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Relieving the Rush Through Public Transportation

In most big cities, “rush hour” is a misnomer- there is hardly any rush during any hour. Driving bumper to bumper has become a standard procedure during any time of the day: morning, afternoon, evening, lunch time, tea time…chances are your commute mph will be turtle paced. And who is to blame? Is it the fact that with over 250 million cars registered in the US, there is almost one car per every American? Is our imprudent purchasing power actually perpetuating our own problems? Maybe, but there is more to the congestion conundrum than American consumerism.

A July 15, 2009, article from the Wall Street Journal¸ details how traffic jams are also fueled by poor construction decisions that create back-ups in residential areas. Lack of government spending in cities that suffer brutal congestion such as Los Angeles and Washington D.C. has also been an issue. The article mentions that Congress allocates transportation throughout a variety of districts, instead of focusing on a few ‘bad’ areas.

So far, the possible solutions lead to no where. If the government spends more money expanding roads, they are only encouraging driving, and in essence re-creating congestion. But if nothing gets done, the jams continue and so do the headaches.

Although expansion seems like the most viable solution, there is another one: changing attitudes. If Americans weren’t as attached to their cars as 4 year-olds were their ‘blankies’, a good portion of the problem would be solved. It seems like we believe we would literally be stranded without our vehicles, incapable of even making it to the neighbor’s house around the block.Lo and behold, there are alternative methods of transportation. Consider: the bus, train, or a bike. Even carpooling reduces the number of vehicles and emissions on the roads.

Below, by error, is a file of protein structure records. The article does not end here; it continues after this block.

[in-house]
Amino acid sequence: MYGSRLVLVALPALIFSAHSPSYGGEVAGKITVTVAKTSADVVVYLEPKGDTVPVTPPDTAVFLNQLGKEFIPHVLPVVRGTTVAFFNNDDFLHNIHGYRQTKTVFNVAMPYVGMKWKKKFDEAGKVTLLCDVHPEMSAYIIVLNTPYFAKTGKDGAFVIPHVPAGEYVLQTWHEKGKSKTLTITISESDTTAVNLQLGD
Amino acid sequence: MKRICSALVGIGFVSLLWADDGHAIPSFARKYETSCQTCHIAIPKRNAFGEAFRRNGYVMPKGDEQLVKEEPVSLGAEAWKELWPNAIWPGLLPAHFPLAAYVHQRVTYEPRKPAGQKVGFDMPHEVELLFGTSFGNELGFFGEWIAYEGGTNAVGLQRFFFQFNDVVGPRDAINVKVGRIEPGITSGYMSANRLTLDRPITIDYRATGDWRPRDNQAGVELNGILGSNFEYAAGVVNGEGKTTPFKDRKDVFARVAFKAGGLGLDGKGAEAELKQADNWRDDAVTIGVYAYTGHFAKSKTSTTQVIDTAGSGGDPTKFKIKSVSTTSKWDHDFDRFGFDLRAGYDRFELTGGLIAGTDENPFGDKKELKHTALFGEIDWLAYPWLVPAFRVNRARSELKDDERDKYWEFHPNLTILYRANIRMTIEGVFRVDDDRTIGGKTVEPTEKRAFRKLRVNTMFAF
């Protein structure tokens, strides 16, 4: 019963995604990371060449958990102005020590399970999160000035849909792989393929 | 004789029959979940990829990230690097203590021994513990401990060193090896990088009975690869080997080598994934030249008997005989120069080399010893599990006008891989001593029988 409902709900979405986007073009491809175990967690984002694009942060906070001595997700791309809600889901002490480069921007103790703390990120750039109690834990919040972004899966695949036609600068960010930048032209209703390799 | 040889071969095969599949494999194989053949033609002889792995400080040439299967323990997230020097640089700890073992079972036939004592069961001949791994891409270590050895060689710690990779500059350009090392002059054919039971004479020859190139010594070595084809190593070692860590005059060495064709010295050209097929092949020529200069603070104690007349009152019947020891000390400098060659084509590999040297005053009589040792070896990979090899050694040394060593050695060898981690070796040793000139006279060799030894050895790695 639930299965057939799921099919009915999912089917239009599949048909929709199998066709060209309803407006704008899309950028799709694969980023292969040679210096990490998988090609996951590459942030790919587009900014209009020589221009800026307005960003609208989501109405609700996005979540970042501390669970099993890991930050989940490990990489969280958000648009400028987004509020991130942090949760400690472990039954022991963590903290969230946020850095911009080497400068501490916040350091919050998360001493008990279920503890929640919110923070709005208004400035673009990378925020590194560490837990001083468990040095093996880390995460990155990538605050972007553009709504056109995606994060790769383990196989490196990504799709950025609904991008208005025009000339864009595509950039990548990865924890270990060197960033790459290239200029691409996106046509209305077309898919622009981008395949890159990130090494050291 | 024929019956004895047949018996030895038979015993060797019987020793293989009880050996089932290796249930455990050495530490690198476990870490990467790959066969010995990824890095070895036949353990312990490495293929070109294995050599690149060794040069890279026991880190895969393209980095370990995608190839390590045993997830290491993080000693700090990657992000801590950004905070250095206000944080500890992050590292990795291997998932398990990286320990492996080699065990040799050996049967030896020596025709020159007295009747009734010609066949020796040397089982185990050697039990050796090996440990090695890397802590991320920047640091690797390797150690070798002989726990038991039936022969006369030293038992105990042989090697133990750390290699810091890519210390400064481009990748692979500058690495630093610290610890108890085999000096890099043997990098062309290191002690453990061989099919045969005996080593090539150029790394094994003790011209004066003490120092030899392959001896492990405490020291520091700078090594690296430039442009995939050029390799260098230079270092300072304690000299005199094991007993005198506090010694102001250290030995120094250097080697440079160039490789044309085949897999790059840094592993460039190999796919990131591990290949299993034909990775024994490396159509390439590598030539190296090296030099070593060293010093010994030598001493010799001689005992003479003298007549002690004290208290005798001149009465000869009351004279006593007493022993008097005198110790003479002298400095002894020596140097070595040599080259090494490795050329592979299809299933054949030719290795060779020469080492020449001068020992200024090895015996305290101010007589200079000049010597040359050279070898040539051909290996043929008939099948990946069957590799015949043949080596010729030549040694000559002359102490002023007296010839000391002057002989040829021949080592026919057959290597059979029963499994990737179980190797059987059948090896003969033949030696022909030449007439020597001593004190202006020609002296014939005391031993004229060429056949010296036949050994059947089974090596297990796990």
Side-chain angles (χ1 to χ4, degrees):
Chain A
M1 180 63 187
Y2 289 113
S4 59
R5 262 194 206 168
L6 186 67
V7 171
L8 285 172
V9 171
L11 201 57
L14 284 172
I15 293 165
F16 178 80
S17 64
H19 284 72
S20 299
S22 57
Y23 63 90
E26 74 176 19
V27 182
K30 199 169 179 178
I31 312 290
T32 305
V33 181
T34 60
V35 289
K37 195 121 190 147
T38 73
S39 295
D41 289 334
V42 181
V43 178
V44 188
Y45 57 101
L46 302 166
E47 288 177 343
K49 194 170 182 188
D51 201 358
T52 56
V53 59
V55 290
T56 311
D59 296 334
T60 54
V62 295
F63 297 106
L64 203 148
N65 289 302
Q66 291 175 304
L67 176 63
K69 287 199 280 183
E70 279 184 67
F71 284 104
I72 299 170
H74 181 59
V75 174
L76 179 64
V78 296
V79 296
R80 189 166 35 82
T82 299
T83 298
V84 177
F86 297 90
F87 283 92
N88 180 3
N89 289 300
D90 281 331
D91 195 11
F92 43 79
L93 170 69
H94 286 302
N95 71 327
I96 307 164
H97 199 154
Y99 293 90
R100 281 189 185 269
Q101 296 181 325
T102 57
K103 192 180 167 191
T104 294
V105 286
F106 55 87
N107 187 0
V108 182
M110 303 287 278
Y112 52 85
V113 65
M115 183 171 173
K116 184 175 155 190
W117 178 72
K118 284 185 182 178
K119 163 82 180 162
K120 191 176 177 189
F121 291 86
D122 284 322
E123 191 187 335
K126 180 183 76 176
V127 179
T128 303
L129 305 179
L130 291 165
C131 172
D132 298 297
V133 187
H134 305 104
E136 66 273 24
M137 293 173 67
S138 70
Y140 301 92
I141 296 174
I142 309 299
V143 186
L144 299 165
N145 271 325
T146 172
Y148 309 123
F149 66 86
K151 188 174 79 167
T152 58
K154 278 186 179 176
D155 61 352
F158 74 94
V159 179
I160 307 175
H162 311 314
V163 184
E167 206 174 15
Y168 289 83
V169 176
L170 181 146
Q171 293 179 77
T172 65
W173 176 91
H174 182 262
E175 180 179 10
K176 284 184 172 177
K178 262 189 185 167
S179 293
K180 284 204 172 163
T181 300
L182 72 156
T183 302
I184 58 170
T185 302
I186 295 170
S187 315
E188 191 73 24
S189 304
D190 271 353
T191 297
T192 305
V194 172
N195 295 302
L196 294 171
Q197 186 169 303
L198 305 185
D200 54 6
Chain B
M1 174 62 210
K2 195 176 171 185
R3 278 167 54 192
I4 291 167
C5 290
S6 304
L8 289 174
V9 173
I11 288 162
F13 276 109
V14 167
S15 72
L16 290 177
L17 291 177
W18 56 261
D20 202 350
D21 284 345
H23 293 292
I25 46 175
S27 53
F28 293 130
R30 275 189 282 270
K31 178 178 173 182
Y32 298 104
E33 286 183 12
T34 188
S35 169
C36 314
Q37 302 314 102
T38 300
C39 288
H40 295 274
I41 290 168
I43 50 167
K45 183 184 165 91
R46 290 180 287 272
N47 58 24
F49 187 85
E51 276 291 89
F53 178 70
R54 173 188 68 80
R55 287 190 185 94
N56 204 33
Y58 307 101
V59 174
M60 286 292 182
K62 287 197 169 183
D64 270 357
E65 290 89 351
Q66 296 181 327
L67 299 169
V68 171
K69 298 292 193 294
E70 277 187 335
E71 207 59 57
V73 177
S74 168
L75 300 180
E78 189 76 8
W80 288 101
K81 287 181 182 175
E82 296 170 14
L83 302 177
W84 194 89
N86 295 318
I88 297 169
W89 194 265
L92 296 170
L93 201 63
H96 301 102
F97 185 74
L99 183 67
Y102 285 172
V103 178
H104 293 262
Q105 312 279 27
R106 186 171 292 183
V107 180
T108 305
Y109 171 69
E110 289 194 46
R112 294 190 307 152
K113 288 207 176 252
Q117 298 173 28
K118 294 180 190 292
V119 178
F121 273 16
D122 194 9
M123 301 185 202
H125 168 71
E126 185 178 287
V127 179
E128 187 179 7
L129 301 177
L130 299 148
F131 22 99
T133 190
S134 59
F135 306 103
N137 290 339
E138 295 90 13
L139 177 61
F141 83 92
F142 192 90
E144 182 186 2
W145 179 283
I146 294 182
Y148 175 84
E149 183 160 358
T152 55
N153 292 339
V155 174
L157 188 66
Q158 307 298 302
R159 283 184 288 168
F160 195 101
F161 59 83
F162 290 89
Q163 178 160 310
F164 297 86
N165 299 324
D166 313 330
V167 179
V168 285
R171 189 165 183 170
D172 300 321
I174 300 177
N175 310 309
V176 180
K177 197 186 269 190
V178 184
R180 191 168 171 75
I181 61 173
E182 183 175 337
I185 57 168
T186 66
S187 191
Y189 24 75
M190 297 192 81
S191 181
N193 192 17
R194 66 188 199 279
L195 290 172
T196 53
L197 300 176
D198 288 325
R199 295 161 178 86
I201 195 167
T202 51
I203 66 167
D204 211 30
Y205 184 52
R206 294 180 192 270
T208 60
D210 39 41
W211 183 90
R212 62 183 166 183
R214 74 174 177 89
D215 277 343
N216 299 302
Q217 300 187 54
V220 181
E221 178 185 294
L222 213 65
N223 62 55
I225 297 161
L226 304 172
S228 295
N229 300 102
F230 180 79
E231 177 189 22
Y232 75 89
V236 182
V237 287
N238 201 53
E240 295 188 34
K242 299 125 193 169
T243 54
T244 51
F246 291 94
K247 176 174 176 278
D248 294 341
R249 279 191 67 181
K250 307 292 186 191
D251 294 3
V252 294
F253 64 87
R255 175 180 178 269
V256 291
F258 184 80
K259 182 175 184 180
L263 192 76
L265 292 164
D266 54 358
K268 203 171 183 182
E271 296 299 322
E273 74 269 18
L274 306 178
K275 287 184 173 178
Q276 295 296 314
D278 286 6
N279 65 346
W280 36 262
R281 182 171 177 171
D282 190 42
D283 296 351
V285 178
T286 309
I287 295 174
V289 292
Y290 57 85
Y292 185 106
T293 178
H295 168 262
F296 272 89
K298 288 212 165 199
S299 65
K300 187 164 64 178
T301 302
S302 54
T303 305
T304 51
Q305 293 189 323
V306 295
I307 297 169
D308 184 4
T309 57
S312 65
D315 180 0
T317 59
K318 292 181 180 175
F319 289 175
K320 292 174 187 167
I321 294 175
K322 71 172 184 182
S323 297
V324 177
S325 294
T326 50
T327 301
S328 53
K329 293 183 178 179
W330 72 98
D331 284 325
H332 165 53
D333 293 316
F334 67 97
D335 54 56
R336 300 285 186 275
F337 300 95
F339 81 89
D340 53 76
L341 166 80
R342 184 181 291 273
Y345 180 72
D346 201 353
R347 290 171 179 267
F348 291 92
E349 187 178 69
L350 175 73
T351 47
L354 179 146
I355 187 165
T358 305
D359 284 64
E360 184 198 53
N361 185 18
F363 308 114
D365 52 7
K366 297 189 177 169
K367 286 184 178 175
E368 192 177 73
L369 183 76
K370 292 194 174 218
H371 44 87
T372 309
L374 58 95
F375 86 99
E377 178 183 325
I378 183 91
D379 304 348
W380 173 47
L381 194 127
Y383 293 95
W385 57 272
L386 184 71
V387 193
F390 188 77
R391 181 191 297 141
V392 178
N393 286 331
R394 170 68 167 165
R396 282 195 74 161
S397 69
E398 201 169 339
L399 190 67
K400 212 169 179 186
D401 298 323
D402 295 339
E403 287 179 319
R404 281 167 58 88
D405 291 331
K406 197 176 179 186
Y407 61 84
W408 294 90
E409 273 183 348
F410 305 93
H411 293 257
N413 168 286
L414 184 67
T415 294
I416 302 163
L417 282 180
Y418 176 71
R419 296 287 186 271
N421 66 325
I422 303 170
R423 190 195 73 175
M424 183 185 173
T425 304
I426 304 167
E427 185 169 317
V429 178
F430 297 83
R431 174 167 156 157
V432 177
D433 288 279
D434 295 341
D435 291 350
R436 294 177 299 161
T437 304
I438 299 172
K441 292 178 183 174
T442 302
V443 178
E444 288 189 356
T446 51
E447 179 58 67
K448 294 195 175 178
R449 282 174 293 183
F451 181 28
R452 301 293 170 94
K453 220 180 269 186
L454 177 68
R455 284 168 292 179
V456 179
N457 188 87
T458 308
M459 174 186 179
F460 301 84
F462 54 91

And there is some promising news out there. It seems like slowly, more Americans are catching on to this ‘alternative’ phenomenon: According to a report by the American Public Transportation Association, between 1995 and 2008, ridership with public transportation increased by 38%.

This increased participation not only reduces fuel emissions, the savings in gasoline, car maintenance, insurances, and other expenses really add up: you can save about $9,000 annually just by taking public transportation. That coupled with the money saved on headache medication, calls for some major savings. These savings can be applied to repair the stress damage caused by past traffic jams. Margaritas, anyone?


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